The God Who Hides in Plain Sight…

The God Who Hides in Plain Sight… June 10, 2024

Sorry for the delay in posting articles. Life got a bit busy at the end of the school year. Those with school-aged kids know this all too well.

On the Feast of Corpus Christi, Catholics around the world celebrated the mystery of the body and blood of Christ present in the Eucharist. Western (Roman) Catholics call this mystery transubstantiation. Basically, Catholics believe Christ is hidden, yet substantially present in the Eucharist: body, blood, soul, and divinity. Since the beginning, this belief scandalized many who sought to follow Jesus, as witnessed in John 6:66, where many followers walked away from Christ due to this teaching. The Catechism states in paragraph 1336:

The first announcement of the Eucharist divided the disciples, just as the announcement of the Passion scandalized them: “This is a hard saying; who can listen to it?” The Eucharist and the Cross are stumbling blocks. It is the same mystery and it never ceases to be an occasion of division. “Will you also go away?”: the Lord’s question echoes through the ages, as a loving invitation to discover that only he has “the words of eternal life” and that to receive in faith the gift of his Eucharist is to receive the Lord himself.

Moreover, these truths of our faith led me to think of those who fail to see God, not only as hidden in the Eucharist, but in creation itself. In philosophy, this idea often gets labeled as divine hiddenness.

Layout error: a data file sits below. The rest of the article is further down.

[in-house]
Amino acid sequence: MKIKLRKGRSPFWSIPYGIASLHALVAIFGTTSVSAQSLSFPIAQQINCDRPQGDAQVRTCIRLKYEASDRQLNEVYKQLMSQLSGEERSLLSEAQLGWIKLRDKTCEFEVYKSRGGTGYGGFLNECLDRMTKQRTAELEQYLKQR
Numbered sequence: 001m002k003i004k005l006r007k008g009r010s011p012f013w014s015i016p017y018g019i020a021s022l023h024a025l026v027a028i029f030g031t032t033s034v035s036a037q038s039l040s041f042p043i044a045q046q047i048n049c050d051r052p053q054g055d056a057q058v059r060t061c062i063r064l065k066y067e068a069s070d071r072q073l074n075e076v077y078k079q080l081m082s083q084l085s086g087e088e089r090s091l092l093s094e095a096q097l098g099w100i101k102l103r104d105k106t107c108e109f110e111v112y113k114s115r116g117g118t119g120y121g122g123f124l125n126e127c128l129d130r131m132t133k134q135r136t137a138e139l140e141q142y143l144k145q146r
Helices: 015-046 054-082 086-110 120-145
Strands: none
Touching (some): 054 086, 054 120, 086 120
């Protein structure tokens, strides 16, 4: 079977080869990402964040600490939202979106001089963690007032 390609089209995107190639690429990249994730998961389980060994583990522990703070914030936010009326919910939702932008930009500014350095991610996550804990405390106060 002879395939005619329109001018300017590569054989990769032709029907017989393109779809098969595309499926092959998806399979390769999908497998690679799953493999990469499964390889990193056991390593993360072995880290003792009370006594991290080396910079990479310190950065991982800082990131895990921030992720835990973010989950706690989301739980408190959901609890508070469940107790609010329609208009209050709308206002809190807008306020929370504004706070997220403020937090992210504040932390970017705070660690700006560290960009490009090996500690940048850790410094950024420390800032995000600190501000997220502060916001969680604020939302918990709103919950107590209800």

In this article, I do not offer a comprehensive response to divine hiddenness, only a reflection on how God can seem to “hide” in plain sight. I leave it to highly trained philosophers and apologists for a more thorough explanation.

Divine Hiddenness

J.L. Schellenberg presents the most common form of the problem (taken from the link above).

 (1) There are people who are capable of relating personally to God but who, through no fault of their own, fail to believe.

(2) If there is a personal God who is unsurpassably great, then there are no such people.

(3) So, there is no such God (from 1 and 2).

For those interested, please click here for an excellent dialogue between Dr. Gavin Ortland and Justin Schieber on divine hiddenness. In that dialogue, Mr. Schieber explains that a truly loving God would ensure that “all who are capable” (everyone) believe in God. Since not everyone believes, a truly loving God does not exist (or any God exists at all). In other words, a great God ensures unbelief does not exist.

Who Really Hides?

After the Fall, we read in Genesis 3:9-10 that Adam and Eve hid themselves from God.

But the Lord God called to the man and said to him, “Where are you?” And he said, “I heard the sound of you in the garden, and I was afraid, because I was naked, and I hid myself.”

Here, due to their disobedience, Adam and Eve experienced fear for the first time. They also experienced exposure before God, having removed themselves from God’s favor (grace). Notice, too, that God looked for them. God sought them out.

Like Adam and Eve, do we hide from God?

The Naked and Deadly Presence of God

Later in Genesis, God reveals Himself to Moses. During the crafting of the Ten Commandments, Moses asks to see God’s glory, or, face-to-face. To this God replies:

But,” he said, “you cannot see my face, for man shall not see me and live.” And the Lord said, “Behold, there is a place by me where you shall stand on the rock, and while my glory passes by I will put you in a cleft of the rock, and I will cover you with my hand until I have passed by. Then I will take away my hand, and you shall see my back, but my face shall not be seen.” Exodus 33:20-23